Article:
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On The Heels of M: Day Two Highlights

Posted by Katelyn / November 18, 2011

181111_AbsolutelyFree.jpgThe show got on the road right on time Thursday night, but we on the other hand arrived fashionably late. Unfortunately, our time miscalculation caused us to miss Daniel Isaiah. Grr!

While delegates walked across the street to Casa Del Popolo to see For A Minor Reflection, the remaining crowd at Sala Rossa waited in anticipation of Absolutely Free's inaugural performance. The band recycles four out of the five members of now-defunct Toronto experimental indie band DD/MM/YYYY. The group dissolved earlier this month after an eight-year-long run.

As to be expected due to the relatively unchanged lineup, Absolutely Free's material doesn't stray too far off the beaten DD/MM/YYYY track. Some cool atmospheric bits are characteristic of the new band's sound, as well as extended instrumental intros that suddenly crash into powerful, erratic verses.

After they finished, it was the regular-folks' turn to check out For A Minor Reflection. The Icelandic foursome played four intense Mogwai-esque instrumental rock songs before the party continued across the street with hip hop artist Cadence Weapon.

I must say, seeing a bunch of hipsters and dead-pan delegates at a rap show was quite entertaining. But the crowd couldn't deny the Edmonton native's charisma, and the performance made it obvious that Cadence Weapon has the ability to meld genres and think outside the box. The rapper's clean and refined rhymes were set to beats laid down by local experimental soundscape artist Flow Child.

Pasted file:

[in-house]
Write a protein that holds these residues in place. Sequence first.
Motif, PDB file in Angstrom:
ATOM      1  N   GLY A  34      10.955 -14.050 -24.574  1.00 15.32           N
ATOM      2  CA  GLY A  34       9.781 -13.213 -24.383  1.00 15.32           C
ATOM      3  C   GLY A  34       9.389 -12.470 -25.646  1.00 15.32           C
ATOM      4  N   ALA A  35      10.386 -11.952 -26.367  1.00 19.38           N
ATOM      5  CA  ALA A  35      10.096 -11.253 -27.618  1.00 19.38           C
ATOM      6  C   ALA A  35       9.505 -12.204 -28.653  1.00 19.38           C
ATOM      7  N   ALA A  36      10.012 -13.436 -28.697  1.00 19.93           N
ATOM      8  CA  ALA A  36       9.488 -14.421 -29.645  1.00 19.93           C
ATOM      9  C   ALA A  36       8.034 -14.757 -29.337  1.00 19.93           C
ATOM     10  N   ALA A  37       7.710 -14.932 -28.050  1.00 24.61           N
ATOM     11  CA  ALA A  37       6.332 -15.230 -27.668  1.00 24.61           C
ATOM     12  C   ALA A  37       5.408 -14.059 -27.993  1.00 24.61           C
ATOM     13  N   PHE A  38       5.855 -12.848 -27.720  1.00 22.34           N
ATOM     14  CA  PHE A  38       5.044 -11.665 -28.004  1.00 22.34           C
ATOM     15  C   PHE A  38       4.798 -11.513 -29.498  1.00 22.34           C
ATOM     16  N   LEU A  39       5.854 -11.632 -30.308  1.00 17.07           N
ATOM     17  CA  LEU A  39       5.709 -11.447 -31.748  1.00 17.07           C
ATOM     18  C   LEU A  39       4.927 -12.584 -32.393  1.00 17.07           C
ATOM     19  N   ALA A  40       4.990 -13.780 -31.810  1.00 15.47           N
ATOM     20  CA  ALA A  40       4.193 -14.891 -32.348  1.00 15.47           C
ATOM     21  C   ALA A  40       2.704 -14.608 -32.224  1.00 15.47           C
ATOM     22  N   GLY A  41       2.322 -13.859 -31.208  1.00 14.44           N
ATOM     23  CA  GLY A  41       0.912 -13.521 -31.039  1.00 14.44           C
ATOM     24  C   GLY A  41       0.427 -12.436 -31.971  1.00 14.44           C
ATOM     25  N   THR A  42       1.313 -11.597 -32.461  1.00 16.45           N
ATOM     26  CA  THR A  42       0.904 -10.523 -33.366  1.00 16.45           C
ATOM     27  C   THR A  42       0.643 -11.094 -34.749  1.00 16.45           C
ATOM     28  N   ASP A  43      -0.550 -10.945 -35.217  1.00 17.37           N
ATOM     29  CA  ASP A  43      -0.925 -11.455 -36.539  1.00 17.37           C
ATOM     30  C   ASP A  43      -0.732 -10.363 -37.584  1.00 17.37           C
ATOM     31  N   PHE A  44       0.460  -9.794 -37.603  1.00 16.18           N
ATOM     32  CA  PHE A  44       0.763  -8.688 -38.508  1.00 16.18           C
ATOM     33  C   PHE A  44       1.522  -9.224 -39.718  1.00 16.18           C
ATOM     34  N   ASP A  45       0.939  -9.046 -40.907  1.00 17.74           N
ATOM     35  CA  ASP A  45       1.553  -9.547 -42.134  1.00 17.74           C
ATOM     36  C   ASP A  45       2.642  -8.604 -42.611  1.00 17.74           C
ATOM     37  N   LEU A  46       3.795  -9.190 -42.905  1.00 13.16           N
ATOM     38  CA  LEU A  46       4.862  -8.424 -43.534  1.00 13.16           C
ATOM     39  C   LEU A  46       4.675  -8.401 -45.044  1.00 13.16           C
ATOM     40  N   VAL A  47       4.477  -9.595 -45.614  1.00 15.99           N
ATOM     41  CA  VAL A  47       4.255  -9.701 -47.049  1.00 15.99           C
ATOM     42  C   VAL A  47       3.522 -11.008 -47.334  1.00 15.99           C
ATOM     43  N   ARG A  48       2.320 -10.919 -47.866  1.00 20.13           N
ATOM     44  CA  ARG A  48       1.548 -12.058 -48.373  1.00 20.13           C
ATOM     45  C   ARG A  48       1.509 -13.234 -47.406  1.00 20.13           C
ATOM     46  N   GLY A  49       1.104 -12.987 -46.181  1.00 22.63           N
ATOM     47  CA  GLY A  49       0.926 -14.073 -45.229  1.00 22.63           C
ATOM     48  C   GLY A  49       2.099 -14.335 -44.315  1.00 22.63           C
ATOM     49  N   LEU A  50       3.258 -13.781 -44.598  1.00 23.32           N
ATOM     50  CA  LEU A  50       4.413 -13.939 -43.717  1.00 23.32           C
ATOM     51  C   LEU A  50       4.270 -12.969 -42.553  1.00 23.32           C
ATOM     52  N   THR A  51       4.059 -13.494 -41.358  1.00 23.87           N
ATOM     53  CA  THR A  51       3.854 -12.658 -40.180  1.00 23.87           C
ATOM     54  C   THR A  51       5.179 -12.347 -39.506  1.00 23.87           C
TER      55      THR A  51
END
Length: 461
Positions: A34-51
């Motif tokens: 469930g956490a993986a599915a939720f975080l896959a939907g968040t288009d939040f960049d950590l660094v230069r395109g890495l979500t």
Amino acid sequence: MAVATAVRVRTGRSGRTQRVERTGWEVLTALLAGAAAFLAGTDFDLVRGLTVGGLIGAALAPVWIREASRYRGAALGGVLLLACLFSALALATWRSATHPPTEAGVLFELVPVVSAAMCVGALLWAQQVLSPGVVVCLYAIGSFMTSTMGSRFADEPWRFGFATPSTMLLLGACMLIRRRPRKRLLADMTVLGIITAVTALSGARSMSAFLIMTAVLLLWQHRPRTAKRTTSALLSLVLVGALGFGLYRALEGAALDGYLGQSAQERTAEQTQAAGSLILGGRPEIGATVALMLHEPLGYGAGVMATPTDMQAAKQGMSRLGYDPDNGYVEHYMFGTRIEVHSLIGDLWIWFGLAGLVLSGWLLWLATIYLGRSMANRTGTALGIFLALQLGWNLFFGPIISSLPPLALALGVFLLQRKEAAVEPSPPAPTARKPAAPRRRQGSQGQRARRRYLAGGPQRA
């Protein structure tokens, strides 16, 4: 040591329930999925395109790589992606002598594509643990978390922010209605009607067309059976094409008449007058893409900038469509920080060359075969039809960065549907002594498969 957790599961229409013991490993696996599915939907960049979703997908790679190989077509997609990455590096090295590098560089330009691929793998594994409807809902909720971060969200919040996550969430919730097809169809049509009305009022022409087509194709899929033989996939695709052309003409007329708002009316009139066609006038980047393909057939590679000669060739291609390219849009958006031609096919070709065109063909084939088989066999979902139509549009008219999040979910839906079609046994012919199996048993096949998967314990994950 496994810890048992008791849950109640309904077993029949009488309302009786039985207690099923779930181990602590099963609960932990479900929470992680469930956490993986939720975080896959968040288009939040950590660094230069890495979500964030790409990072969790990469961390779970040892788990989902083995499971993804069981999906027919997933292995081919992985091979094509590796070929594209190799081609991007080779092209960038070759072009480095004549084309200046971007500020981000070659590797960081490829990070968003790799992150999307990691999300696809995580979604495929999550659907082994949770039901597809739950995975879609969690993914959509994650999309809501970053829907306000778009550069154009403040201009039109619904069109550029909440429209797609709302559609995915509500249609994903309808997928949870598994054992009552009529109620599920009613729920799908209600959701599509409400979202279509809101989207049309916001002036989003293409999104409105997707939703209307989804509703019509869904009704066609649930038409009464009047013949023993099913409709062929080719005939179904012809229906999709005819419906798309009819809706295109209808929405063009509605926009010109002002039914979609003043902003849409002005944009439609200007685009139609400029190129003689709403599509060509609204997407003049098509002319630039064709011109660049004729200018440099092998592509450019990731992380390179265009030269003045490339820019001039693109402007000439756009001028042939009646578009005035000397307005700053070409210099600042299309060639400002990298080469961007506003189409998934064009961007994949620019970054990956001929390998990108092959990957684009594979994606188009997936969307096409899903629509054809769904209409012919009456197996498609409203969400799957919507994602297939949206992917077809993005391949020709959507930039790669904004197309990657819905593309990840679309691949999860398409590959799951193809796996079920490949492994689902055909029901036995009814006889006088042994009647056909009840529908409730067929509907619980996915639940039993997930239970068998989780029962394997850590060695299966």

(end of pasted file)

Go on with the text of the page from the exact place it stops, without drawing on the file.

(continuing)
After Toronto glam-pop trio Young Empires ended the showcase on a dance-y note, we headed to Le Belmont to check out Montreal hip hop collective Nation Ruckus. Rapper Mike-E Fresh was a sick performer, but his beats kept giving me deja vues.

We then swung around the corner to L'Esco to catch the much-talked-about punk/thrash group Trigger Effect. The venue was perfectly cramped and dingy, resulting in a sweaty mess of a set that ripped through the crowd like a spontaneous tornado. The mosh pit's tendency to migrate in and out of the band's setup went practically unnoticed by its members, who were just as consumed by their music as the crowd was.

Photo by Alana La Rossa Dancoste. Check out her photostream daily for more M for Montreal pictures.



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